The day after arriving in Encarnacion on that sweaty bus ride was much cooler and overcast which made it a perfect day to walk around and explore the ruins of a former Jesuit settlement 28 km outside of town. We hopped on a bus crowded with other people and not knowing exactly where to get off the bus. About half an hour into the ride, 2 women got on and we immediately guessed that they were American. Our guess was confirmed when we could hear them speaking English over our shoulder on the bus and apparently they heard us speaking English as well and struck up a conversation. It turned out that they were Peace Corps volunteers who were staying at a hotel with a huge group of other volunteers and celebrating Thanksgiving weekend. They were headed to the ruins too so we had some company and people who knew where to get off the bus which helped.
The ruins are set on top of a nice green hill (as far as I've seen it must be one of about 10 hills in all of Paraguay cuz this is a very flat country) with views for a long way in all directions.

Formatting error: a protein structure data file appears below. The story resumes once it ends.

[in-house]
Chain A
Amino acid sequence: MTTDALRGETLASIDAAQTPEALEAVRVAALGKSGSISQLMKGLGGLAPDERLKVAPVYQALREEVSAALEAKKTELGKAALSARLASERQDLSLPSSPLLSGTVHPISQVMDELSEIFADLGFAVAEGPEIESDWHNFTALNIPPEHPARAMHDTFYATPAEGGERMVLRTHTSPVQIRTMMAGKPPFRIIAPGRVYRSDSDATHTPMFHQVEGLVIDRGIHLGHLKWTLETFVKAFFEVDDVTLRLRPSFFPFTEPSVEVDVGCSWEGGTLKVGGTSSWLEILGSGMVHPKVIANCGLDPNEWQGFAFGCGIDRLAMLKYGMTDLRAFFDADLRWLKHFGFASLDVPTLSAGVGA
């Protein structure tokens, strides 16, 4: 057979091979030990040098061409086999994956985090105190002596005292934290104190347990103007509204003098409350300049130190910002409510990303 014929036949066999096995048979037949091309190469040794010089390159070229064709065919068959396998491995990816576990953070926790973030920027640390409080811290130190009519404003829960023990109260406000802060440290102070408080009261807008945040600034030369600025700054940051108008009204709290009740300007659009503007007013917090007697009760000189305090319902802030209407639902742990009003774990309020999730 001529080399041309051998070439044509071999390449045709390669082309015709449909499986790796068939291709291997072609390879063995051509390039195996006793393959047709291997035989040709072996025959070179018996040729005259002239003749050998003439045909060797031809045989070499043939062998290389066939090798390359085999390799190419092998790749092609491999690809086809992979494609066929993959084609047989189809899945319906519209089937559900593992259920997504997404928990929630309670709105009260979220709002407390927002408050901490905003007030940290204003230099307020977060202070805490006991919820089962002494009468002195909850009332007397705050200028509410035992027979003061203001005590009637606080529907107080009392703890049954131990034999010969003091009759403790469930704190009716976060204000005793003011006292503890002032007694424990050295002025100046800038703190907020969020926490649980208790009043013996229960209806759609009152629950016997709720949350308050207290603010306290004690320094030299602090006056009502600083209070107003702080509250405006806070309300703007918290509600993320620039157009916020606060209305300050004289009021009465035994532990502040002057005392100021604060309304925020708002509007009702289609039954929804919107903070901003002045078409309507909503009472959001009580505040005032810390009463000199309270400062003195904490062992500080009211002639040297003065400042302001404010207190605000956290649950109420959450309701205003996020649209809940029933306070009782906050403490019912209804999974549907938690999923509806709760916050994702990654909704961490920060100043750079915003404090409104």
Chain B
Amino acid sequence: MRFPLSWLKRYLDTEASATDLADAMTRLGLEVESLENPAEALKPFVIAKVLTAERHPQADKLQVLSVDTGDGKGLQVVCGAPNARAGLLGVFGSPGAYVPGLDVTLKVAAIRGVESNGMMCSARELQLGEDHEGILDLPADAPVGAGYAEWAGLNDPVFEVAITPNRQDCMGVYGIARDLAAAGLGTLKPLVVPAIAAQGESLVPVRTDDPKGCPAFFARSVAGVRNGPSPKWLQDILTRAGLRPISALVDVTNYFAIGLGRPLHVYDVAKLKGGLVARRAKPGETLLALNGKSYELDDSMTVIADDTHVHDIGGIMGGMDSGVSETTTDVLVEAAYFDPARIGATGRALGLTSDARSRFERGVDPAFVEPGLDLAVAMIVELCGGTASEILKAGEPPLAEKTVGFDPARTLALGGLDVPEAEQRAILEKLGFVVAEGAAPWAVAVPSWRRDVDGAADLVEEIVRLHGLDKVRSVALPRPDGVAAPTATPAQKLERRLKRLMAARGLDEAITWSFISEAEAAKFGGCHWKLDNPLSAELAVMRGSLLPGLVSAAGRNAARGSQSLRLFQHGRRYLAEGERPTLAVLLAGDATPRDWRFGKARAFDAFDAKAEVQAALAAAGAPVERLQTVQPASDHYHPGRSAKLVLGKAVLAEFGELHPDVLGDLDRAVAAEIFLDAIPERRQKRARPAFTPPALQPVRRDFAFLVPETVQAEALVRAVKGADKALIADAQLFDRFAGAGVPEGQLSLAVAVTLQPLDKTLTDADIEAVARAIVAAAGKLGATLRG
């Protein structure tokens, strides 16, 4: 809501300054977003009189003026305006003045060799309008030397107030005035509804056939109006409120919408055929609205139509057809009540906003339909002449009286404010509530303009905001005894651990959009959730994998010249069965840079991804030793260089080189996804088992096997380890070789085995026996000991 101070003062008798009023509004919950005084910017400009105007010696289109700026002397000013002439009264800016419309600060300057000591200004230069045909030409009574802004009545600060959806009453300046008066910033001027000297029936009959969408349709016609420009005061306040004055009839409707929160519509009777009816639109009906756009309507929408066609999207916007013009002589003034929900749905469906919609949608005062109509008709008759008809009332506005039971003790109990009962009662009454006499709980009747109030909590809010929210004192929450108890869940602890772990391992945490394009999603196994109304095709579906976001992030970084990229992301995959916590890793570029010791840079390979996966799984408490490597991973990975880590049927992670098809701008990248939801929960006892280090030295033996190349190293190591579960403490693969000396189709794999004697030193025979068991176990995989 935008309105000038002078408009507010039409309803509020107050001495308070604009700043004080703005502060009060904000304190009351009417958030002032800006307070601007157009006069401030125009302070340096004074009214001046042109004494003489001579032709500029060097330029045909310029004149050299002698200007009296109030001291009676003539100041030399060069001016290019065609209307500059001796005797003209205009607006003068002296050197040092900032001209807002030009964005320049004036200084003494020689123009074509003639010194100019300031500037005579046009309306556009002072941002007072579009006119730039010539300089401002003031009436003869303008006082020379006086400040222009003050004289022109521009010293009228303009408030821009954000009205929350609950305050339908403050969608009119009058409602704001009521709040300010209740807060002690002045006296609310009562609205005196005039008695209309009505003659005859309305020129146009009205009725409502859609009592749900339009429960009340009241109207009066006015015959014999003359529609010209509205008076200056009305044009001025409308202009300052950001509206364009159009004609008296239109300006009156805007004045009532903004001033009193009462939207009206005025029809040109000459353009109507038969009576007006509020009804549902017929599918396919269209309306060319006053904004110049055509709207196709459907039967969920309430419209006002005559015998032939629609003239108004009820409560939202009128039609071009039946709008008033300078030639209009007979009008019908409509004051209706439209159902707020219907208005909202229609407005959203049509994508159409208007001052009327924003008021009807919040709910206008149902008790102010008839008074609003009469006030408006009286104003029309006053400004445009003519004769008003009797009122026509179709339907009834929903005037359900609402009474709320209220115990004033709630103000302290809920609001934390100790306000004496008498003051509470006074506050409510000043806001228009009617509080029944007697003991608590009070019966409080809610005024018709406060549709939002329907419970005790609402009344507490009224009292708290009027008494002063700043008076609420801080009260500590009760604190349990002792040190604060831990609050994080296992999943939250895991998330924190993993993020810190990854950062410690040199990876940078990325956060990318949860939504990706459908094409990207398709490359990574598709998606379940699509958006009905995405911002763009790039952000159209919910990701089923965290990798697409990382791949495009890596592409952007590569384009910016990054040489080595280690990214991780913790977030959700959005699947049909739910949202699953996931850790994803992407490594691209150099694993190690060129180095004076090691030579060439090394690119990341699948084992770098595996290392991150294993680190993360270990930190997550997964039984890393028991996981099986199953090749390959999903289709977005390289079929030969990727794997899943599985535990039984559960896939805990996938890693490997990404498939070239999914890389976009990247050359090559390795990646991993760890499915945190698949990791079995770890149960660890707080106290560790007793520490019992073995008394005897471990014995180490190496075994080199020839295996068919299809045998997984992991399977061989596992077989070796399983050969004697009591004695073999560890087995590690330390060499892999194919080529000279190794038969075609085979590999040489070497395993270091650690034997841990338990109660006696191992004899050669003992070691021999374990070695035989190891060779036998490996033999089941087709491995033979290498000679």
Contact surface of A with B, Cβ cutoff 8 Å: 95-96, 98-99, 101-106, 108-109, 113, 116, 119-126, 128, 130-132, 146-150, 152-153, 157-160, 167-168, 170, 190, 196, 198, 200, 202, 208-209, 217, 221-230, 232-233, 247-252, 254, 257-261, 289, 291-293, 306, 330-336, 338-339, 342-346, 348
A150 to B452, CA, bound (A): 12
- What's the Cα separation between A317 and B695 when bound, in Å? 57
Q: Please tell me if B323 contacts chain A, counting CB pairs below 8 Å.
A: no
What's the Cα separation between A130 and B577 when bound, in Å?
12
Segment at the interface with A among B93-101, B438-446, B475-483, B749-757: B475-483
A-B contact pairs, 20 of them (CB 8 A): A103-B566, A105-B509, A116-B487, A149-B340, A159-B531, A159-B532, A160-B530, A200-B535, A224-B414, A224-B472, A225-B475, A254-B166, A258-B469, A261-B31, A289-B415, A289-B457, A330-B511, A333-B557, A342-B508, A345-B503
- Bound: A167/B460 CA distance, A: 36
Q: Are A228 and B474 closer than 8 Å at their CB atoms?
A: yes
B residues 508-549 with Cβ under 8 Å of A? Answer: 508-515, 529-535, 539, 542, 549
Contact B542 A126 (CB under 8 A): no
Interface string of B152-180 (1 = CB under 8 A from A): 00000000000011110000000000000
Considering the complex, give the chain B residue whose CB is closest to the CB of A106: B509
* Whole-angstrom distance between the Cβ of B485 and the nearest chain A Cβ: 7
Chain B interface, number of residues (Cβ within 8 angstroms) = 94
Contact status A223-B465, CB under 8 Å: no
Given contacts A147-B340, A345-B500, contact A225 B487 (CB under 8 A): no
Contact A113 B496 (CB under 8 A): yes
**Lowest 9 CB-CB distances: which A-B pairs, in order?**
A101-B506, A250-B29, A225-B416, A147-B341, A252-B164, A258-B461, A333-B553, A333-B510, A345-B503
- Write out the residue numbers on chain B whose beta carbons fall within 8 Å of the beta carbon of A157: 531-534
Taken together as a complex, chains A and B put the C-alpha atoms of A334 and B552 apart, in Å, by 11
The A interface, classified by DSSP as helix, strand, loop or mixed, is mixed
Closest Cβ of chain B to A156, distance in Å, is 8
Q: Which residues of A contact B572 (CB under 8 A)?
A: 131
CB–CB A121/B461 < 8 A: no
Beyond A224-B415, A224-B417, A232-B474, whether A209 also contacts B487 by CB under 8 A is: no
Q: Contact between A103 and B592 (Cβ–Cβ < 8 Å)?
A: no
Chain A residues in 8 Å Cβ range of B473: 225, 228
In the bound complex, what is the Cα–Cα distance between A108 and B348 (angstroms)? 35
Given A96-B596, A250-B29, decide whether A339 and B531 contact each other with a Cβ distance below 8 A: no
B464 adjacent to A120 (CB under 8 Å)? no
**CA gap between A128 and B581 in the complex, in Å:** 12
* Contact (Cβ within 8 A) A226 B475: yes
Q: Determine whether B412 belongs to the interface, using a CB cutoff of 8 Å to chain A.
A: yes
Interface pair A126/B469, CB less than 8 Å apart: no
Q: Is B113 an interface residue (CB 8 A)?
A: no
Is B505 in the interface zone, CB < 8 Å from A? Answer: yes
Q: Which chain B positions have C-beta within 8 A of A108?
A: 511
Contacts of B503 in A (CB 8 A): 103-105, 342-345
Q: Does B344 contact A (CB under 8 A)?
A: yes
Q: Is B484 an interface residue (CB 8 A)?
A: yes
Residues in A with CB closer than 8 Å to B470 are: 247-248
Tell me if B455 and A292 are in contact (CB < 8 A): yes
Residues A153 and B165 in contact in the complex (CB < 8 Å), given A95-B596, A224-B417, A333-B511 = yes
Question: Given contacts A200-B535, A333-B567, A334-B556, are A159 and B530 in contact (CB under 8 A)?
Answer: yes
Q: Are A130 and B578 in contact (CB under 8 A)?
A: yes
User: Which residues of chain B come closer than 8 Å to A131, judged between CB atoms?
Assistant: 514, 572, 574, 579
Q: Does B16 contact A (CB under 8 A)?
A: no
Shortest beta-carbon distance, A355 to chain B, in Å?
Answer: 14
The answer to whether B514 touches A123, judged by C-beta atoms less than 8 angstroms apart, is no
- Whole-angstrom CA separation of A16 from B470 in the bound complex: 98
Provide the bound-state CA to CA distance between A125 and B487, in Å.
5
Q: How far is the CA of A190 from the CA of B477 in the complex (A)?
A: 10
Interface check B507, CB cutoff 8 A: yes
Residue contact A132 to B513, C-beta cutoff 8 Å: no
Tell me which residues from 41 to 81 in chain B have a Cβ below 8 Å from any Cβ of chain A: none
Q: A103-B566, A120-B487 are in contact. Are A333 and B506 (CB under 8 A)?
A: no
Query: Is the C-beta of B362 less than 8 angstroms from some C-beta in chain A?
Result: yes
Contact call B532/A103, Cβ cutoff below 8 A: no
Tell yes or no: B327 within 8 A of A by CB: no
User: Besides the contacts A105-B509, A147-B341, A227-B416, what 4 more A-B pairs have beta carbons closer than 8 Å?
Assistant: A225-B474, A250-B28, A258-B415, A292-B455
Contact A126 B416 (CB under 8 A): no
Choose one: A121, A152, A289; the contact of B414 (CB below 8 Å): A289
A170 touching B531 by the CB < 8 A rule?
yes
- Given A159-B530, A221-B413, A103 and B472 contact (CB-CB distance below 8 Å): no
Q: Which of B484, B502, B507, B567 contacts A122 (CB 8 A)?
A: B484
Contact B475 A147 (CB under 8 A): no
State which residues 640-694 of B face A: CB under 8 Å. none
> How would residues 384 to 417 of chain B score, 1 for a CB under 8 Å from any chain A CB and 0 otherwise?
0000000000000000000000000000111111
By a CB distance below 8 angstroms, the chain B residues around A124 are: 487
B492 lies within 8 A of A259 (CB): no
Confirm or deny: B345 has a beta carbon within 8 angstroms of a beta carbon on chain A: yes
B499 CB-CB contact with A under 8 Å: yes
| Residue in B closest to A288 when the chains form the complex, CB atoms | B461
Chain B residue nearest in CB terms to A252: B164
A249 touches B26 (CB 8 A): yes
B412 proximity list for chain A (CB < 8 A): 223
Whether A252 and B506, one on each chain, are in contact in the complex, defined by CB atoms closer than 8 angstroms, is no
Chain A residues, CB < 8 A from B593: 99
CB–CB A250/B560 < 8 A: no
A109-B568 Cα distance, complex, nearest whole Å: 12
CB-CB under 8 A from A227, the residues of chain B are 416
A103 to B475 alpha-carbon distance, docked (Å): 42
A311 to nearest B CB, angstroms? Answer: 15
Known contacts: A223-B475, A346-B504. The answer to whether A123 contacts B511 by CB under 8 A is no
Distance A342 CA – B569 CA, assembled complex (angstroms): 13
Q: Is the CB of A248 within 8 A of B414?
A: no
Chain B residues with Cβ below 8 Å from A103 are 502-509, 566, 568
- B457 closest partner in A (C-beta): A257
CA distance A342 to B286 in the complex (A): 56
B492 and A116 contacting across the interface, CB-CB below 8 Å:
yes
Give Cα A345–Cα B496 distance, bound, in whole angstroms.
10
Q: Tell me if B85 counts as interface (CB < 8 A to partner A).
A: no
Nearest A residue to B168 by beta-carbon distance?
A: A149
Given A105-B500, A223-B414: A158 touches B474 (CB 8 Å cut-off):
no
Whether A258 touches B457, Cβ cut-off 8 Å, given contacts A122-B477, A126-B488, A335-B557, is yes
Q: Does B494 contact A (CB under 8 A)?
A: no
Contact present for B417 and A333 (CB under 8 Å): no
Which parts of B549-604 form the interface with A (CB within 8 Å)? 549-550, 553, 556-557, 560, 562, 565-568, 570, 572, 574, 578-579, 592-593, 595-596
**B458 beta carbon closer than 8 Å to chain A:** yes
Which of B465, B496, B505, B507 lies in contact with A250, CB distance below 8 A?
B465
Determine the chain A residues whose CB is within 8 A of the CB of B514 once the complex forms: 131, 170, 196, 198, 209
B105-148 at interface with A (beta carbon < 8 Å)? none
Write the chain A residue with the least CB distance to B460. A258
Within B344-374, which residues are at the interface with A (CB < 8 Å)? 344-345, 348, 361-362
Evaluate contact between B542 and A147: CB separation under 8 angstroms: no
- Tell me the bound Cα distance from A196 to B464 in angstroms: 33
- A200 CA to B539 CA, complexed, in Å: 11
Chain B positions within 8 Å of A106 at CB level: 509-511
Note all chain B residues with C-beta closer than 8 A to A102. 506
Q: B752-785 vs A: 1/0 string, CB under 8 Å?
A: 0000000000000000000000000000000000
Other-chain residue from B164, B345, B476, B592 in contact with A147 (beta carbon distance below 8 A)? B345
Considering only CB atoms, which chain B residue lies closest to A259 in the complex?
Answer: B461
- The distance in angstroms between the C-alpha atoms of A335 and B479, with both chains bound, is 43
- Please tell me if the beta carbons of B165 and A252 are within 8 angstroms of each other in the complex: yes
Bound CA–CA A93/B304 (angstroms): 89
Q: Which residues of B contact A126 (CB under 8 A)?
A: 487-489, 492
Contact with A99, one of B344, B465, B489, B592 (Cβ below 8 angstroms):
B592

The ruins overall were much larger than we expected them to be and there was definitely more intricate stonework than we had expected as well. While the cathedral wasn't as polished as one in Europe or other large ones in Central America that we've seen are, it was still beautiful and seemed more human because you could still see the chisel marks in the stone.
There were plenty of intricate carvings to check out including these above one of the doors.
These pieces apparently had fallen off of the structure and were displayed in a back room.
The main cathedral was actually much bigger than expected.
This is one of the pulpits on the side of the main cathedral.
This baptismal bath had a date on it which we shall assume is somewhere near the date for construction of the entire cathedral. We don't know for sure because we didn't want to pay for the guide and entrance fee so we just walked into the park past the guards. Nice how you can do that sometimes in Latin America.
So overall it turns out that there is at least one tourist activity worth doing in Paraguay (with a few more possibilities yet to check out) and we would recommend this to anyone who makes their way down here for a visit.